Wednesday, August 27, 2003

Lead me not into temptation; I can find the way myself.
~ a quote from author Rita Mae Brown

I was struck by the humor, and yet truth of these words above, when I got in one of my daily quotes the other day. The thing that struck me the most is that these words went right along with what I was thinking throughout and after the sermon at Church on Sunday.

Namely, the sermon was about not looking to the left or the right, about the fact that as Christians we must concentrate on God and His Kingdom alone, and all else is an unnecessary and unwelcome distraction.

I had to struggle with these concepts, for the most part, because the work of the author and poet is quite the opposite. The work of the author and poet is to take in everything, digest it, and feed it back to the world, perhaps synthesized according to a certain world view.

This brought me back to a certain specific dilemma I often confront (head on, as I confront everything else in this big beautiful world), namely: is it even possible to be an author / poet and still be a Christian. There are many places in life where I have a face-off with this dilemma. For example, many successful authors say that the only way you can become successful is if you put the work of writing far above everything else in life: your family, your friends, your religion… And, from what I have seen, it is mostly true. I face this dilemma daily as I struggle for time to write, fight for time to think about my writing. And yet, on the other hand, I am not willing to completely set aside my family, my Church, and my faith. No, in fact, I go on writing in their midst… I go on working on things in my head, even while the ordinary world happens around me. (From what I’ve heard from successful and not-so-successful authors, this is also a common phenomenon.)

How then do I face the dilemma? What do I ultimately decide: is not God more important than my writing? What about my friends and family?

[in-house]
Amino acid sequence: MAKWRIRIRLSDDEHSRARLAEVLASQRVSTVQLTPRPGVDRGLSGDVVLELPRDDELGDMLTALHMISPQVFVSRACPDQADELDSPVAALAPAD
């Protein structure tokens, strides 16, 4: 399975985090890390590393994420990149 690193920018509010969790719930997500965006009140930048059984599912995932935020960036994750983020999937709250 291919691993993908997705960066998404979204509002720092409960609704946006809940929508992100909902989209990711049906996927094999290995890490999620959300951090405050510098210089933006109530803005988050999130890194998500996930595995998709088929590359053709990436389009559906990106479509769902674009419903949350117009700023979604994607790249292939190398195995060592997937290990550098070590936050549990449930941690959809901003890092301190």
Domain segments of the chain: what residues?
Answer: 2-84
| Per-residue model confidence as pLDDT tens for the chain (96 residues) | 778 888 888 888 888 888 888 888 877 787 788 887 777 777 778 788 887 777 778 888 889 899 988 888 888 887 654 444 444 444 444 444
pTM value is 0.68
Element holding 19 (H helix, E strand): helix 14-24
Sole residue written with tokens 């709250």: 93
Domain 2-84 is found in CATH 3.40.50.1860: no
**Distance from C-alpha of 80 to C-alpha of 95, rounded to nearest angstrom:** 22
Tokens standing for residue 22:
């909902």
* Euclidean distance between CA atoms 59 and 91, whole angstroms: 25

I find myself always going back to the same point, and then using the same argument to “justify my conclusion.” Namely, I must use the “talent” God has given me, or else I become like the man who buried his one talent in the earth, and then expected his master to be happy when he returned from his journey (remember the parable?). So then how do I justify the ramifications of this? Do I really have to ignore my Church and my Family to serve God properly?

No, I think not. One does not have to set aside his wife, children, friends, faith and family (though he may have once in a while to fight with them for time) in order to be a writer. Here I take my inspiration from the incarnation. Just as Christ, we believe, is fully God and fully man, so must I be fully in this earth and fully in heaven. In order to be the writer I that I feel I must, I must let my mind (and my words) wander into every corner of this earth, all the while never letting it wander too far from the Truth that is within me. That does not mean I have to sin. No, I the contrary, I should become a sanctifying presence wherever I wander. But it does mean I have to get awfully close to the gates of hell, as I go about my journey. It also means I cannot be afraid to get dirty from time to time.

I think my friends and family are starting to understand that I’m a bit eccentric. And so far I haven’t ever had to throw anyone out so that I could work on something. But I sometimes wonder, if my writing starts to become more successful – so successful that I have obligations and deadlines, and yet not quite successful enough that I can quit my day job… then what will I do? Well, I don’t have a plan yet, but as they say at the company where I work whenever we get new contracts, and don’t have enough employees: “it’s a good problem to have.”


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